Food safety depends on the safe preparation, handling, and storage of food. Food spoilage bacteria proliferate in the "Danger zone" temperature range from 40 to 140 °F (4 to 60 °C). Washing of hands and surfaces, especially when handling different meats, and keeping raw food separate from cooked food to avoid cross-contamination, are good practices in food preparation. Foods prepared on plastic cutting boards may be less likely to harbor bacteria than wooden ones. Washing and disinfecting cutting boards, especially after use with raw meat, poultry, or seafood, reduces the risk of contamination.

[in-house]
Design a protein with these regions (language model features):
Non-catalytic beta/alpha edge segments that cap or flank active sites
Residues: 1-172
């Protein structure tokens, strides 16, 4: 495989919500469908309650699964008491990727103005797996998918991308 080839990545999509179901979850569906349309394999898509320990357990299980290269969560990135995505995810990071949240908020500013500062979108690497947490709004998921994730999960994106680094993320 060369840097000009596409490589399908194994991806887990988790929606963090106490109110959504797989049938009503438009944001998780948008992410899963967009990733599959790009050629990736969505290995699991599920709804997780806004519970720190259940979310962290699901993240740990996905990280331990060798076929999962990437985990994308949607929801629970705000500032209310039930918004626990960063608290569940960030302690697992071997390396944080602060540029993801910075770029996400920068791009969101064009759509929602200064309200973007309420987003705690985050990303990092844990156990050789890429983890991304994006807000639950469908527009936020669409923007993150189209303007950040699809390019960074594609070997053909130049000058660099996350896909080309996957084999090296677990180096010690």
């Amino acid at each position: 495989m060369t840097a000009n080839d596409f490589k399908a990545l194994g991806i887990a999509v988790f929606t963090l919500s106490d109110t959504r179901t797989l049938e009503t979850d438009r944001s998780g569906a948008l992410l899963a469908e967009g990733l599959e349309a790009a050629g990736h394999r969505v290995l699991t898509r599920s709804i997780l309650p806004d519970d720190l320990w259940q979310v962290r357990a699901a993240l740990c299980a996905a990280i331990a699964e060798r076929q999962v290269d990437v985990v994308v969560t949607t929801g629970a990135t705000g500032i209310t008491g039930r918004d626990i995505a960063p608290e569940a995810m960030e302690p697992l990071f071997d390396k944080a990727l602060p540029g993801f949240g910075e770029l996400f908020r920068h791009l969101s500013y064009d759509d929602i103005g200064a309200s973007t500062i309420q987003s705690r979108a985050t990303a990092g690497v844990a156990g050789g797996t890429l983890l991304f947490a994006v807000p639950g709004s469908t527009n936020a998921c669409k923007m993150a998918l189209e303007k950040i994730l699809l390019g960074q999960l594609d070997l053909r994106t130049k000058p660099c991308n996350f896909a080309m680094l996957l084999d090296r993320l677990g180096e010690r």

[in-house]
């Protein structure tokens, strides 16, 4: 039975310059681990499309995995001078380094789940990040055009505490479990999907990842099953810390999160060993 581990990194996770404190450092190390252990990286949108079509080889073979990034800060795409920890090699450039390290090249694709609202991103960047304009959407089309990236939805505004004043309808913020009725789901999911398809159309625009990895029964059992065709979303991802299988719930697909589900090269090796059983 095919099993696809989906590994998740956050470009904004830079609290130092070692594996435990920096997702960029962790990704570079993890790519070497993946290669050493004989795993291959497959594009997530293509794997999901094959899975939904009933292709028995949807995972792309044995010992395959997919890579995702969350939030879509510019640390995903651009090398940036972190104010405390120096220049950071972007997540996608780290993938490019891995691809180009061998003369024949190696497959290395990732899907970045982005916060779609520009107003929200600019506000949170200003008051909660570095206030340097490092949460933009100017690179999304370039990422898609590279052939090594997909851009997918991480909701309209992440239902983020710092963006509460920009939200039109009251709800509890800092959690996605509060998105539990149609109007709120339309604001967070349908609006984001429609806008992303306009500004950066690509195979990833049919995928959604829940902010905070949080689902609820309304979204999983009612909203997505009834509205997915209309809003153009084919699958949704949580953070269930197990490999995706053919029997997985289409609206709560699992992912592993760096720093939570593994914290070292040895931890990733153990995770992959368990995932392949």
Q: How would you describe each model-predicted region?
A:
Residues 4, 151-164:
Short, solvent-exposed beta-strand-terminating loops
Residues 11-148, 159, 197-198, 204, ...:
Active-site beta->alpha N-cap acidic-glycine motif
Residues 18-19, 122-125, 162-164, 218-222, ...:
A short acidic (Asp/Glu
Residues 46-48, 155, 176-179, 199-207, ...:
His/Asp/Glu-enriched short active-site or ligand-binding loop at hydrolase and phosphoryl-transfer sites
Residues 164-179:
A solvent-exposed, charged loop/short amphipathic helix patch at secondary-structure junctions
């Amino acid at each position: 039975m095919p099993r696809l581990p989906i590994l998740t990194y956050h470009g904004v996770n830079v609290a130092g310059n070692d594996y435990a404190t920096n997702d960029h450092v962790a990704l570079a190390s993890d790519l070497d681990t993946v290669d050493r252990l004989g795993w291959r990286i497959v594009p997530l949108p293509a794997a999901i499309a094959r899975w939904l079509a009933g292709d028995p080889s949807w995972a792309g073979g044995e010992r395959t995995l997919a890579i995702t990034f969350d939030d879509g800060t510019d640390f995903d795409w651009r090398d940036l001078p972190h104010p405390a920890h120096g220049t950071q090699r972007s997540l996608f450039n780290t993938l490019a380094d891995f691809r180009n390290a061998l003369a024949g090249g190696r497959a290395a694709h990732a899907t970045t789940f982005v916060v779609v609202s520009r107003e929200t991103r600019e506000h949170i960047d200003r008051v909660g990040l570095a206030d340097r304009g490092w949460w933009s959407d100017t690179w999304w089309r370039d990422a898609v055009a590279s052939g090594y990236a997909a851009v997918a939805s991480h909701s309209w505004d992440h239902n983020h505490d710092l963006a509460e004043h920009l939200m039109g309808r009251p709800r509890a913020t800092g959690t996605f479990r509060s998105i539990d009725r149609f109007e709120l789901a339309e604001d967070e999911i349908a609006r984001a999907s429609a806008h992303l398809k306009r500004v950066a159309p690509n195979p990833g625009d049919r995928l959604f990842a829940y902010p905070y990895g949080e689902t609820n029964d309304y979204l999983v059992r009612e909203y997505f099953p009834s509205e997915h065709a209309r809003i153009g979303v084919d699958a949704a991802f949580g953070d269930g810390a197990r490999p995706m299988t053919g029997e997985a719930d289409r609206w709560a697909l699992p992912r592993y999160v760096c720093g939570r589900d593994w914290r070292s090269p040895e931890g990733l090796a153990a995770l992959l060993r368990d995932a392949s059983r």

Effects on nutritional content of food
Proponents of raw foodism argue that cooking food increases the risk of some of the detrimental effects on food or health. They point out that during cooking of vegetables and fruit containing vitamin C, the vitamin elutes into the cooking water and becomes degraded through oxidation. Peeling vegetables can also substantially reduce the vitamin C content, especially in the case of potatoes where most vitamin C is in the skin. However, research has shown that in the specific case of carotenoids a greater proportion is absorbed from cooked vegetables than from raw vegetables.
The USDA has studied retention data for 16 vitamins, 8 minerals, and alcohol for approximately 290 foods for various cooking methods.